In The Advertiser story on the opening of the Camellia/Johnston/Guilbeau intersection, it was reported that “a few motorists marked the occasion by slamming into one another.” The paper cited an employee at the tire shop adjacent to the project, who said he witnessed the wrecks. But Tramel disputes that there were any.

“It is absolutely untrue,” he insists. “There were no crashes that morning. We were there — we were there the whole morning.”

In fact, the CrimeView website maintained by Lafayette law enforcement — it allows residents to track police calls for a variety of incidents including traffic crashes — shows no accidents at the intersection last week. (One crash was logged on Guilbeau near the intersection, but far enough away that it was probably unrelated to the newly opened lanes.)

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Tramel’s embrace of technology includes the SafeSpeed/SafeLight program (above) as well as traffic cameras available for on-line viewing by the public.

But the criticism — hastily composed, breathless rage — mounted in the comment section: “Tony Trammel [sic] was hired to do a job and he has fail [sic] miserably. Instead of confusing drivers he is supposed to be improving driving conditions.”

“The oft quoted cliche is, ‘There is a fine line between genius and insanity,’” says Dee Stanley, LCG’s chief administrative officer. “Tony is a genius who suffers much criticism and personal attack because he functions in an insane world where a term such as road rage exists. Then I see a front page photograph of Tony directing traffic and I think, he really is crazy.”

Married to his high-school sweetheart, Tramel has three adult daughters who live out of state. The Indiana native earned his undergraduate degree from Purdue University and two master’s degrees from the Georgia Institute of Technology.

In his two stints engineering traffic solutions in Lafayette, he has been at the vanguard, certainly within Louisiana. The RPI intersection at Camellia/Johnston/Guilbeau that opened last week is similar to a non-signaled intersection — at Foreman Drive and Eraste Landry Road — he designed a quarter century ago.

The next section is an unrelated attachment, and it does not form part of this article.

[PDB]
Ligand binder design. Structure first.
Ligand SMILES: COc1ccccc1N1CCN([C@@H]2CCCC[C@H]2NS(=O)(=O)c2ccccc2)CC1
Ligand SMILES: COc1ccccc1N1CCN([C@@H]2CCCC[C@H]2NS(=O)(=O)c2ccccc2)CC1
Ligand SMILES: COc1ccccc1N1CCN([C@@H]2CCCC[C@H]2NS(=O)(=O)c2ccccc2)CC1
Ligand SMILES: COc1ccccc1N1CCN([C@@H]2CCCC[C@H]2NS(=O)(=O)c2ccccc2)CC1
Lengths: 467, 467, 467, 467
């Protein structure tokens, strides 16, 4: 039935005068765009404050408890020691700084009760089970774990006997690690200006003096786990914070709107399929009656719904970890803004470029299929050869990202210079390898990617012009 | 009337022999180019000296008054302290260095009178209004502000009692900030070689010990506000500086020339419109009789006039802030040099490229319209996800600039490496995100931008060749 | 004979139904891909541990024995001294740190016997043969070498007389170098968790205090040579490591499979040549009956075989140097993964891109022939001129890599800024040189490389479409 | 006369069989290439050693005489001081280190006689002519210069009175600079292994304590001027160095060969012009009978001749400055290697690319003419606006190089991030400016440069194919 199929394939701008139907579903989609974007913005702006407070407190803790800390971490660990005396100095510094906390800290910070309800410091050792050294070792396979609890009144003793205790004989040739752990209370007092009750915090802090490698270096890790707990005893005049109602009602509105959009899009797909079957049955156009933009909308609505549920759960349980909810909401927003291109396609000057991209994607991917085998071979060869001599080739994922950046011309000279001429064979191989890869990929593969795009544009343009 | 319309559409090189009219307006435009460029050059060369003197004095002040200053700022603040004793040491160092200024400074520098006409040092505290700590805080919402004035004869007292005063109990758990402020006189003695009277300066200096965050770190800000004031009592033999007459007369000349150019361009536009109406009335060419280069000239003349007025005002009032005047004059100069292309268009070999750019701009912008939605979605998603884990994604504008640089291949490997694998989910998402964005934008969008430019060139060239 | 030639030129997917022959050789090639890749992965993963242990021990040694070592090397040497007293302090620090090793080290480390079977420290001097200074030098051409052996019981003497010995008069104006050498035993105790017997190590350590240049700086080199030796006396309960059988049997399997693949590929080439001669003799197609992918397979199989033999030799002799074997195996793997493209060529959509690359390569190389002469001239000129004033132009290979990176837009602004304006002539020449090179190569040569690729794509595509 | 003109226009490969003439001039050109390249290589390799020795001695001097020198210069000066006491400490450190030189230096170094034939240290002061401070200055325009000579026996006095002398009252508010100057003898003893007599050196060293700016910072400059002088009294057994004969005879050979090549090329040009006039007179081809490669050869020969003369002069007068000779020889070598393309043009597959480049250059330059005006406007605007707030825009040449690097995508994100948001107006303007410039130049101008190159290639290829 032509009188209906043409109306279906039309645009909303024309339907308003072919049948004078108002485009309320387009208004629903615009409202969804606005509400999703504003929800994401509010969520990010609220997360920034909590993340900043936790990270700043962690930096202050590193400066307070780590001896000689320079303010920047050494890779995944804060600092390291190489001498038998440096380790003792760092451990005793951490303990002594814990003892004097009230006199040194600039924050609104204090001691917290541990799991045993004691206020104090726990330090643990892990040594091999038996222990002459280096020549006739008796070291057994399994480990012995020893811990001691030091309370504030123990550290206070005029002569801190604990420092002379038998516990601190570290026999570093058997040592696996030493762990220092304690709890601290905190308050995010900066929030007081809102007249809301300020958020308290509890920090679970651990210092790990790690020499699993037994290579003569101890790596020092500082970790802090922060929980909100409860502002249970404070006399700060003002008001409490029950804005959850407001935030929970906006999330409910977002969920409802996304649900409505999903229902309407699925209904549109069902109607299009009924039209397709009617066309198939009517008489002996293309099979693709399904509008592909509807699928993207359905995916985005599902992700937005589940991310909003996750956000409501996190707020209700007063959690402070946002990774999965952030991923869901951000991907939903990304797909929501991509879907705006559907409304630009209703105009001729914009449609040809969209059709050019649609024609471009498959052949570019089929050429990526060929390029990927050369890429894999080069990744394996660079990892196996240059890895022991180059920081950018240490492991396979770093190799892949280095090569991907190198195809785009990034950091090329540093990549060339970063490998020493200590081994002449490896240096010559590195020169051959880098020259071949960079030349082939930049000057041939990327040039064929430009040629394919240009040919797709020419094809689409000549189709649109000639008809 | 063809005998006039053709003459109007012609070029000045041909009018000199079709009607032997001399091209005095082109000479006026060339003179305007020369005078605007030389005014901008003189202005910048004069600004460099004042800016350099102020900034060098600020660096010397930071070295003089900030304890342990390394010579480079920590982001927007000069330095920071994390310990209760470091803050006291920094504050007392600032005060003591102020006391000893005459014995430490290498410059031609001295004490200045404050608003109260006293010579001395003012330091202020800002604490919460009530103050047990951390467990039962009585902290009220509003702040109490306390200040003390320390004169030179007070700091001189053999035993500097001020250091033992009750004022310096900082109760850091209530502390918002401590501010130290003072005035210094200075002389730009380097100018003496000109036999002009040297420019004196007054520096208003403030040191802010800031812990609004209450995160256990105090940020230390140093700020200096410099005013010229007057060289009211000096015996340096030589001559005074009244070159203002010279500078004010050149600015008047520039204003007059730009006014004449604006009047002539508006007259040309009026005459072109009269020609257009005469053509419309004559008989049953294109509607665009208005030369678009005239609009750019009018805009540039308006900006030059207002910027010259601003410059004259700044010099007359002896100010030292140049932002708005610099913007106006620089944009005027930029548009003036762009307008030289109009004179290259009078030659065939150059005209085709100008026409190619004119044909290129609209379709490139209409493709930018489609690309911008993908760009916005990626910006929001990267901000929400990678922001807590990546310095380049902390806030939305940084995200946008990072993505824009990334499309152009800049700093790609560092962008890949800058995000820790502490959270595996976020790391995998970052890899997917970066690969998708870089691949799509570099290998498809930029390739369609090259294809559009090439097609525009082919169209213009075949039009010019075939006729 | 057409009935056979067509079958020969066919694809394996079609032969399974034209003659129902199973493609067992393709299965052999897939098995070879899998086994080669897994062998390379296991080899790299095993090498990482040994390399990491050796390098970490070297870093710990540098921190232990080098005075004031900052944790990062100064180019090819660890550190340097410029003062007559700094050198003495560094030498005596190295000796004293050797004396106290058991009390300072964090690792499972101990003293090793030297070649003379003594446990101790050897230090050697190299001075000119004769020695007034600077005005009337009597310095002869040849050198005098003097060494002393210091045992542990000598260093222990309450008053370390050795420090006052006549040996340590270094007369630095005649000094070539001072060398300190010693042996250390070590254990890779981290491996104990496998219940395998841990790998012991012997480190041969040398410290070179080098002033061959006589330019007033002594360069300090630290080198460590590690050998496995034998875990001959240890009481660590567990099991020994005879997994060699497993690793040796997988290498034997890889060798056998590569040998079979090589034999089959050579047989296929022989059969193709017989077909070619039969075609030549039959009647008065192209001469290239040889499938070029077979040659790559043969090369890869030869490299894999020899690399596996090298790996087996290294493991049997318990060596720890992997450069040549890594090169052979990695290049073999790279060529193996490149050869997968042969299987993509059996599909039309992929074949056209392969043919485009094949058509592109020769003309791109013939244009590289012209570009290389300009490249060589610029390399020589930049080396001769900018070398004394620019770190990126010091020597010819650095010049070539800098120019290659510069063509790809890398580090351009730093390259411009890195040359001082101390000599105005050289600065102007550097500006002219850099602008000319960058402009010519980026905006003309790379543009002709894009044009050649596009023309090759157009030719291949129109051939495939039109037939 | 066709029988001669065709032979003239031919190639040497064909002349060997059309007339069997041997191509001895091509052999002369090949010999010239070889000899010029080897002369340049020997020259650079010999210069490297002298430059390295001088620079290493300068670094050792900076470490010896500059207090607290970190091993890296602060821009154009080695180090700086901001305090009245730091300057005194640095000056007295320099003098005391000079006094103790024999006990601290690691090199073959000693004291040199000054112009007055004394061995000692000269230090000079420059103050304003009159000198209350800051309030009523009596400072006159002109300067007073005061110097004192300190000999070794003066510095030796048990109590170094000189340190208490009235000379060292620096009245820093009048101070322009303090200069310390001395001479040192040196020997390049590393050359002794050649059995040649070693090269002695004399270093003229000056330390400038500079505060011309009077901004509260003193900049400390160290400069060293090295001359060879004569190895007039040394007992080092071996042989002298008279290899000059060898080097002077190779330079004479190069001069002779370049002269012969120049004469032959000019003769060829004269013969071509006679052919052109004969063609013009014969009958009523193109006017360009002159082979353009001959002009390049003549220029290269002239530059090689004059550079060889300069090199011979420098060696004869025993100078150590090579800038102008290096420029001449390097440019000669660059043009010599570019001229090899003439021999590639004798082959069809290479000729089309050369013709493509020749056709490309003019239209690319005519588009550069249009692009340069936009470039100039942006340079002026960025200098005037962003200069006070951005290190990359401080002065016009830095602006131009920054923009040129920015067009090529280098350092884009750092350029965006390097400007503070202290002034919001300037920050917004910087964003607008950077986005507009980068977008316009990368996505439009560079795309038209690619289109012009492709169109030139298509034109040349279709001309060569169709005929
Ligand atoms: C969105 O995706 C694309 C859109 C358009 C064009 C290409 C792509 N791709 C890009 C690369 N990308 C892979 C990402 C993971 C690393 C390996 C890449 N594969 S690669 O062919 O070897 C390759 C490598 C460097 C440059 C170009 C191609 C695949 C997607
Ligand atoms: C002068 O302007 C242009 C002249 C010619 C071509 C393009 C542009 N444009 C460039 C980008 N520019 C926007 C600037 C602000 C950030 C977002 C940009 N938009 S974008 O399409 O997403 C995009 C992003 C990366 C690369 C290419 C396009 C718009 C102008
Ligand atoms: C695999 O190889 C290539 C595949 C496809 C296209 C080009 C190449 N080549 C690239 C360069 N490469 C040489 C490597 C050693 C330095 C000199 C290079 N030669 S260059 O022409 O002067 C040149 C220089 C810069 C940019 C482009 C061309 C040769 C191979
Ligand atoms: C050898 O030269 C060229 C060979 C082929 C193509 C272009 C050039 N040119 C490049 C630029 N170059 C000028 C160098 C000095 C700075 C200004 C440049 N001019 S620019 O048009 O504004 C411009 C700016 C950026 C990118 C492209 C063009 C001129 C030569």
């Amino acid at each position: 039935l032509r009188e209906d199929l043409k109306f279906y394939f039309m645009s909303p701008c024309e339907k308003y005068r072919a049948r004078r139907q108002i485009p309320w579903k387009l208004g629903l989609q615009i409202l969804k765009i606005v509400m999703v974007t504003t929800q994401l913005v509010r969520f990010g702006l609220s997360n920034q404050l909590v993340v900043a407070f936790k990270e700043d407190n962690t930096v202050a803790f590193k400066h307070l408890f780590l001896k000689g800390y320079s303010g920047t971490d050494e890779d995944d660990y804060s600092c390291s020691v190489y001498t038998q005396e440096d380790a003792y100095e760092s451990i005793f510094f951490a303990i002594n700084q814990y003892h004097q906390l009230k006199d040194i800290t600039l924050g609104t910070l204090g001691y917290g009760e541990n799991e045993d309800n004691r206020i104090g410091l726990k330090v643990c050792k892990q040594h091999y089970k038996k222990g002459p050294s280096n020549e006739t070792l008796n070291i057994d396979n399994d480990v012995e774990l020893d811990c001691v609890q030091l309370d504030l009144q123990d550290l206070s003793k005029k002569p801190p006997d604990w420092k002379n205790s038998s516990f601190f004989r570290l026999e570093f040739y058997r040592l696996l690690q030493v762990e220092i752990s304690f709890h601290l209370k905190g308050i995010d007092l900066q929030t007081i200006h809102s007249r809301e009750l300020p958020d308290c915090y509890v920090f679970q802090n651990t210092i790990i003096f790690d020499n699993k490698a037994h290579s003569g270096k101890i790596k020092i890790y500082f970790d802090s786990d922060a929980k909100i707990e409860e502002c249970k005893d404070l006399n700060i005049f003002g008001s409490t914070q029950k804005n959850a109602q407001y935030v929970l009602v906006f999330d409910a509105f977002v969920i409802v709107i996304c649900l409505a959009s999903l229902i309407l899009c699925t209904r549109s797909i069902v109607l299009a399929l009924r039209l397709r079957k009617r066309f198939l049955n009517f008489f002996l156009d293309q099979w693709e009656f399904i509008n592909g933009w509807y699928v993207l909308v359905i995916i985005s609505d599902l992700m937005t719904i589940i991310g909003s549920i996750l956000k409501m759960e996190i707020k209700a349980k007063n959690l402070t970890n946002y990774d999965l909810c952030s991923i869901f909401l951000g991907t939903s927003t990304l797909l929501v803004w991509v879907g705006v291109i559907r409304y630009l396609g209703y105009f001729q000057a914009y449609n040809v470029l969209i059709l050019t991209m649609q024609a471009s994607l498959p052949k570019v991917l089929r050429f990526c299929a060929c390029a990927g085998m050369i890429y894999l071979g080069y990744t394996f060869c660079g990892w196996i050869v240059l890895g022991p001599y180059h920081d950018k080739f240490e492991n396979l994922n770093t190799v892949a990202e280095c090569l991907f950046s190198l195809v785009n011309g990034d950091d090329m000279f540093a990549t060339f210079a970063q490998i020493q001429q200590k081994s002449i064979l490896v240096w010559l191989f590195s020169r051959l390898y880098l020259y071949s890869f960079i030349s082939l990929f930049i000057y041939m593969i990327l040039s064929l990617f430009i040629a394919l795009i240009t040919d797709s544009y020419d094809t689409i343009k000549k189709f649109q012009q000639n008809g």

The Camellia RPI is actually ingenious, once you get used to it. By reducing the need for left turn arrows onto Johnston from Camellia and Guilbeau — that’s the phase that was reduced — drivers headed north and south on Johnston Street through the intersection get an additional 22 seconds of green light every two minutes. During rush hour, 22 seconds can be a God-send.

“The only way you can get it like that is to do the concepts we’re talking about,” Tramel says proudly at the end of a two-minute dissertation on reduced phase intersections. He really can go on and on about traffic engineering.

In the last decade Tramel’s department began introducing roundabouts in the parish — an idea that has been embraced in Europe for decades but has been slow to catch on in the United States.

20110223-cover-0105Lafayette drivers groused about the roundabouts, too, until they realized the roundabouts really do help traffic flow.

“Not only are they efficient, they are very safe,” Tramel says. “In fact, it’s the only traffic control device that I know that is safer, more efficient and more convenient. Normally we give up one for one or two of the others — safety, convenience and efficiency.

“I can make things very safe in Lafayette today: 5-mile-an-hour speed limits, no left turns,” he adds hypothetically. “But what do we give up? We make it very safe, but it’s not very convenient and not very efficient. But a roundabout — it does all of those things.”

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Tramel brought safe, efficient roundabouts like the one at Ridge Road and Rue De Belier (above) to Lafayette.
His latest brain child is the reduced phase intersection at Camellia/Johnston/Guilbeau.

If he had his druthers, Tramel would be building roundabouts all over the parish. “They work so well and people understand them — now,” he says. “The problem we run into is, we just don’t have the money in order to build them all.”

Another innovation Tramel introduced to Lafayette’s intersections is the flashing yellow turn signal. These signals are striking at first blush because they’re uncommon, but motorists, he says, understand them without explanation.